- Malinin V, Neville M, Eagle G, Gupta R, Perkins WR. Pulmonary deposition and elimination of liposomal amikacin for inhalation and effect on macrophage function after administration in rats. Antimicrob Agents Chemother 2016;60:6540–9.
- Zhang J, Leifer F, Rose S, Chun DY, Thaisz J, Herr T, et al. amikacin liposome inhalation suspension (ALIS) penetrates non-tuberculous mycobacterial biofilms and enhances amikacin uptake into macrophages. Front Microbiol 2018;9:915.
- Daley CL, Iaccarino JM, Lange C, Cambau E, Wallace RJ Jr, Andrejak C, et al. Treatment of nontuberculous mycobacterial pulmonary disease: an official ATS/ERS/ESCMID/IDSA clinical practice guideline. Eur Respir J 2020;56:2000535.
- Olivier KN, Griffith DE, Eagle G, McGinnis JP 2nd, Micioni L, Liu K, et al. Randomized trial of liposomal amikacin for inhalation in nontuberculous mycobacterial lung disease. Am J Respir Crit Care Med 2017;195:814–23.
- Griffith DE, Eagle G, Thomson R, Aksamit TR, Hasegawa N, Morimoto K, et al. Amikacin liposome inhalation suspension for treatment-refractory lung disease caused by Mycobacterium aviumcomplex (CONVERT). A prospective, open-label, randomized study. Am J Respir Crit Care Med 2018;198:1559–69.
- Griffith DE, Thomson R, Flume PA, Aksamit TR, Field SK, Addrizzo-Harris DJ, et al. Amikacin liposome inhalation suspension for refractory Mycobacterium avium complex lung disease: sustainability and durability of culture conversion and safety of long-term exposure. Chest 2021; https://doi.org/10.1016/j.chest.2021.03.070
Medical writing and editorial support was provided by Highfield, Oxford, UK. This support was sponsored by Insmed.
Managing patients during a pandemic
The COVID-19 pandemic has brought telemedicine to the forefront of healthcare. The monitoring of non-tuberculous mycobacterial pulmonary disease (NTM-PD) is one of the many aspects of healthcare to adopt this change, with many patients trading in-person consultations with clinicians for video consultations, as well as sending sputum samples through the post for analysis. As a result of its success during the pandemic, many believe that soon telemedicine will form an integral part of healthcare.
The COVID-19 pandemic has brought about many changes to everyday life. Perhaps one of the more beneficial changes to arise during the pandemic is the switch to telemedicine. The idea of telemedicine has been around for a while, but the pandemic and the need for social distancing measures have provided the momentum to adopt this approach into routine practice.1,2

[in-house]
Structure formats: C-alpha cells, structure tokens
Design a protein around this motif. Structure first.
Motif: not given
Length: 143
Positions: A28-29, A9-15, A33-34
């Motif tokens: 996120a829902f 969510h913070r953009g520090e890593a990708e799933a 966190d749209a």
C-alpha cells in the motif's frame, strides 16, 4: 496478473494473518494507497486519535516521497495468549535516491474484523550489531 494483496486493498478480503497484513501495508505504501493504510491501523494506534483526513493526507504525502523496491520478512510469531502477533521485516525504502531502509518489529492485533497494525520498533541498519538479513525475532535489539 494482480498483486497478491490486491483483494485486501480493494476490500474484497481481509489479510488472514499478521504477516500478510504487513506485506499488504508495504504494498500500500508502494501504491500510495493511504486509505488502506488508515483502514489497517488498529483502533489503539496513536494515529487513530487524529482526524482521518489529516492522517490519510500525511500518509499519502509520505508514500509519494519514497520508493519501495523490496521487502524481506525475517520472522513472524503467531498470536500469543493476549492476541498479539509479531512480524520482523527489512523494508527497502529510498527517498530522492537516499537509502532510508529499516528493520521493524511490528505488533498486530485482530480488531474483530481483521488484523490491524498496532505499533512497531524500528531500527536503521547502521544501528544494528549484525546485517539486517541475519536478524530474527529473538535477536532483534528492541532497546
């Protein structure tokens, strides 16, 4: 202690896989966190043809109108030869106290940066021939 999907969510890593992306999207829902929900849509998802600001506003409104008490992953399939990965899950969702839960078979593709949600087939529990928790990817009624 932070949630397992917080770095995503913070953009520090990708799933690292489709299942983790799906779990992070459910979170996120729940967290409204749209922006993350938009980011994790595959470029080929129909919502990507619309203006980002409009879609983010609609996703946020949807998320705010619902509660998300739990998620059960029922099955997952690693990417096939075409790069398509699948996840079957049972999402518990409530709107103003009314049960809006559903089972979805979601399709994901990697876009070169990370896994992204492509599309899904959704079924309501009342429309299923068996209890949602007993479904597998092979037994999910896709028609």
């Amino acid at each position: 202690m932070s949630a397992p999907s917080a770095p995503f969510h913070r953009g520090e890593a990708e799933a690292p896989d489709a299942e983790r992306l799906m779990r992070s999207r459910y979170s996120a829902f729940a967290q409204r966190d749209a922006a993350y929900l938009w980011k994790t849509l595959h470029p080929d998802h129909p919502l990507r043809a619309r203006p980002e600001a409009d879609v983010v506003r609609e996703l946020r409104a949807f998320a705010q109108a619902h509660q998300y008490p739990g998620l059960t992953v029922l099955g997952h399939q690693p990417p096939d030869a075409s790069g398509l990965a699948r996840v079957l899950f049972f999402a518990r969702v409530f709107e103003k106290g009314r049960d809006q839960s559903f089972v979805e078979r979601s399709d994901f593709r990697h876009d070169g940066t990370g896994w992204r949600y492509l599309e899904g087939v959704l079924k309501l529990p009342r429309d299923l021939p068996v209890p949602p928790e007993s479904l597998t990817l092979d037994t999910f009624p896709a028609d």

Telemedicine is the use of digital communications to provide remote support for patients to manage aspects of their health.1 The need to limit contact between individuals to reduce the risk of transmission during the pandemic has led to a rapid uptake of telemedicine around the world to help keep both patients and healthcare professionals (HCPs) safe while allowing continuation of routine care.2 Examples include a shift toward telephone and video consultations as well as patients providing laboratory samples through the post, which is currently the case for many patients with NTM-PD.
The management of patients with NTM during the pandemic represents a unique challenge because of the need for regular monitoring of these patients. During a symposium, ‘Looking ahead – the changing landscape of MAC lung infection’, at the 4th World Bronchiectasis & NTM Conference (WBNC) 2020, experts described how the management of NTM-PD has changed in their practices in response to the COVID-19 pandemic.3 Eva Polverino (Vall D’Hebron University Hospital, Spain) explained that following an initial shock response in early 2020 as the pandemic took hold, there was a drive to maintain effective management of patients with NTM-PD during the pandemic, and so telemedicine was introduced. For her, it was important to decide with patients which tests and which visits were a priority, and which could be delayed. Stefano Aliberti (University of Milan, Italy) also emphasised the importance of the new international NTM management guidelines,4 which he believes have been one of the major steps forward in the management of NTM-PD, particularly during the pandemic. Not only have the guidelines helped in the management of NTM-PD, but also in raising awareness of the disease.